Bed Bug Hotel & Motel Industry Tips
Bed Bug University
Travelers and Hotels with Bed Bugs
Understand that individuals that travel regularly are at a higher risk of getting bedbugs than those who do not travel as much. Most homeowners who get bed bugs have one thing in common- they have recently traveled and brought the bugs back home with them.
TIPS for Hotel, Motel and Hospitality Industry
- Train your housekeeping & maintenance staff to know signs of early bed bug infestations. These folks can help make or break your establishment in preventing structural infestations.
- The hospitality group should adopt a routine inspection process to assist in this early detection. Understanding that bedbugs are excellent hitchhikers and people or their personal belongings will help them to travel from place to place, room to room, floor to floor.
- If you wait for a customer to complain of being bitten it may not be an early infestation as we know that there are a certain amount of people who are bitten without a reaction or even those who are bitten, but are hesitant to complain as they may be unsure, etc. When a client complains staff should take the complaint seriously and investigate the room.
- When an infestation is found cleaning staff and maintenance involved in breaking down the room should have a change of clothes in their locker to prevent taking these pest homes with them.
- Having a pro-active, well planned monitoring program to detect bed bugs early is far superior to having no program.
- Managers should realize that keeping a room out of service due to an infestation will not “starve out” a bed bug problem. Some will move to other rooms while others will lay in wait for long periods of time without feeding.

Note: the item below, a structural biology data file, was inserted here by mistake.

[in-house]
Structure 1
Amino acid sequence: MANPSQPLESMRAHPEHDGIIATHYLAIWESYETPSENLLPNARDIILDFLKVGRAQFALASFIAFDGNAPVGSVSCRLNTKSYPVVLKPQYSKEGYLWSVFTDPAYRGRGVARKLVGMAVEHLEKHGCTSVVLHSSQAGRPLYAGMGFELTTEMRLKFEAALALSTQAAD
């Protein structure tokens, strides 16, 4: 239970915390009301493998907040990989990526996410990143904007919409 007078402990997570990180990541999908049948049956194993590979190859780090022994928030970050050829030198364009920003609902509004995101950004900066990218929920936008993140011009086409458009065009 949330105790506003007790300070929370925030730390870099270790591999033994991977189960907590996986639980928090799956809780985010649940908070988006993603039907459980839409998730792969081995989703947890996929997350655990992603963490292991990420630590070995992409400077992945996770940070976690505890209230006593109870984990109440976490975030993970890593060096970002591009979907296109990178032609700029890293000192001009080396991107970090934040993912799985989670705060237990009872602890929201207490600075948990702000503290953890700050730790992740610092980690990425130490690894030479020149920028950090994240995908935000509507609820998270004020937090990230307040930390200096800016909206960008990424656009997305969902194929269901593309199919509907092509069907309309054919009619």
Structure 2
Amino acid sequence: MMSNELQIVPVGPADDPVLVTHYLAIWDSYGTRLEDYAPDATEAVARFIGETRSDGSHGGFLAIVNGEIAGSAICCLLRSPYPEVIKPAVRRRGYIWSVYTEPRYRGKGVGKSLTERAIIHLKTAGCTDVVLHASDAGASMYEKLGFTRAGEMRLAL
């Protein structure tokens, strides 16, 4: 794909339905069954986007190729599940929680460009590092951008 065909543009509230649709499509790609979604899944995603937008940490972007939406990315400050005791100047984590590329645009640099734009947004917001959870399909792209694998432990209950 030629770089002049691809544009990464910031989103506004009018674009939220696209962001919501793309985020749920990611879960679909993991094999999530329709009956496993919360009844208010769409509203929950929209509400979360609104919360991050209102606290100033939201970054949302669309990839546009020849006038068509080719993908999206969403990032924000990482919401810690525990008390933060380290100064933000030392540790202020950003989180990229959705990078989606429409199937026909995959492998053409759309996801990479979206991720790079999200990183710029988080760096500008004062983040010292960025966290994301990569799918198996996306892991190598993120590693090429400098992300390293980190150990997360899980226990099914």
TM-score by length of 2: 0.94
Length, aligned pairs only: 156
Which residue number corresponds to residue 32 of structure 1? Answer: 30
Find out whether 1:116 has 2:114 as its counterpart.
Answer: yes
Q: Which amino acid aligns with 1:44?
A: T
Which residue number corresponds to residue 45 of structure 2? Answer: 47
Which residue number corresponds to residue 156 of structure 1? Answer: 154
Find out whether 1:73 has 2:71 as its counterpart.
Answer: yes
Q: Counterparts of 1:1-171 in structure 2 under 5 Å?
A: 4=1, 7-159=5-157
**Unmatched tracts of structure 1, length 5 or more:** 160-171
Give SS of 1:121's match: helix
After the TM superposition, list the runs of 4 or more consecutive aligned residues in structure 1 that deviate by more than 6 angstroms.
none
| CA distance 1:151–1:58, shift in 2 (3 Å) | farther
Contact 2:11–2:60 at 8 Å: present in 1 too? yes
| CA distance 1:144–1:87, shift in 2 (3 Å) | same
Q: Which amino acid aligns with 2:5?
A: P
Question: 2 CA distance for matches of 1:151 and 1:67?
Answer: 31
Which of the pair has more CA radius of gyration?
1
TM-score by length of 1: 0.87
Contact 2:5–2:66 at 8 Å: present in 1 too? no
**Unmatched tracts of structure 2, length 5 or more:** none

- Apartment managers should consider what Mr. Paul Bello* has stated, “A reliable bed bug program that delivers acceptable results can NOT be had for $75 per door. Again, if it sounds too good to be true, it probably is!”
- Anyone who is actually out there doing correct, intense bed bug eradication knows that it is hard work and is taking the job very seriously. It’s very labor intensive and costly to do it correctly and have a bed bug free apartment or complex.
- As a hotel manager, how is one to discuss bed bugs with guest without raising a red flag that the hotel may be infested? It can be a bit tricky, but being honest with your guest and having a strong pro-active inspection, treatment and follow up are key to retaining happy, confident customers.
- On a side note, Mr. Bello recommends using professional mattress encasements that are bed bug certified such as those produced by Mattress Safe. Many may wonder why bother as these do not prevent bed bugs, but they do help those in housekeeper spot new evidence early on.
Bed Bug Mattress and Cover
One of the biggest questions that is asked: “I have bed bugs on my bed, do I need to throw away my mattress and box spring?” In short, if your bed is still in good condition you should have it treated and then place a true bed bug certified mattress encasement on it. Search Google for a certified encasement or check out Mattress Safe’s website.
If a bug or egg is left on the mattress this encasement will seal them in and starve them out and if you travel a lot then any new bed bug infestations will be easier to see on a smooth white surface which does not have buttons and seams. People looking to save money have asked if they can just buy a large industrial roll of plastic and wrap, wrap, wrap their mattress and box spring to starve out the bug. The answer is: yes, if wrapped correctly this can work, but have you ever tried to sleep on plastic which is underneath your bed sheets? It may be noisy and uncomfortable. Whatever mattress encasement you select be sure that it is tested bed bug proof and clearly states Bed Bug Proof on the label. This label will mean that it has been tested and no bed bugs can enter into the encasement nor can any bed bugs escape from the inside of the encasement or the zipper. Be mindful that even correct type encasements can get cut and tears and if that happens they would need to be replaced to continue to work correctly.
*Mr. Paul J. Bello, author of “The Bed Bug Combat Manual”. Mr. Bello is a certified entomologist and a former student of the renowned Dr. Austin M. Frishman of University of New York, Farmingdale campus, and is well known for his extensive work within integrated pest management.
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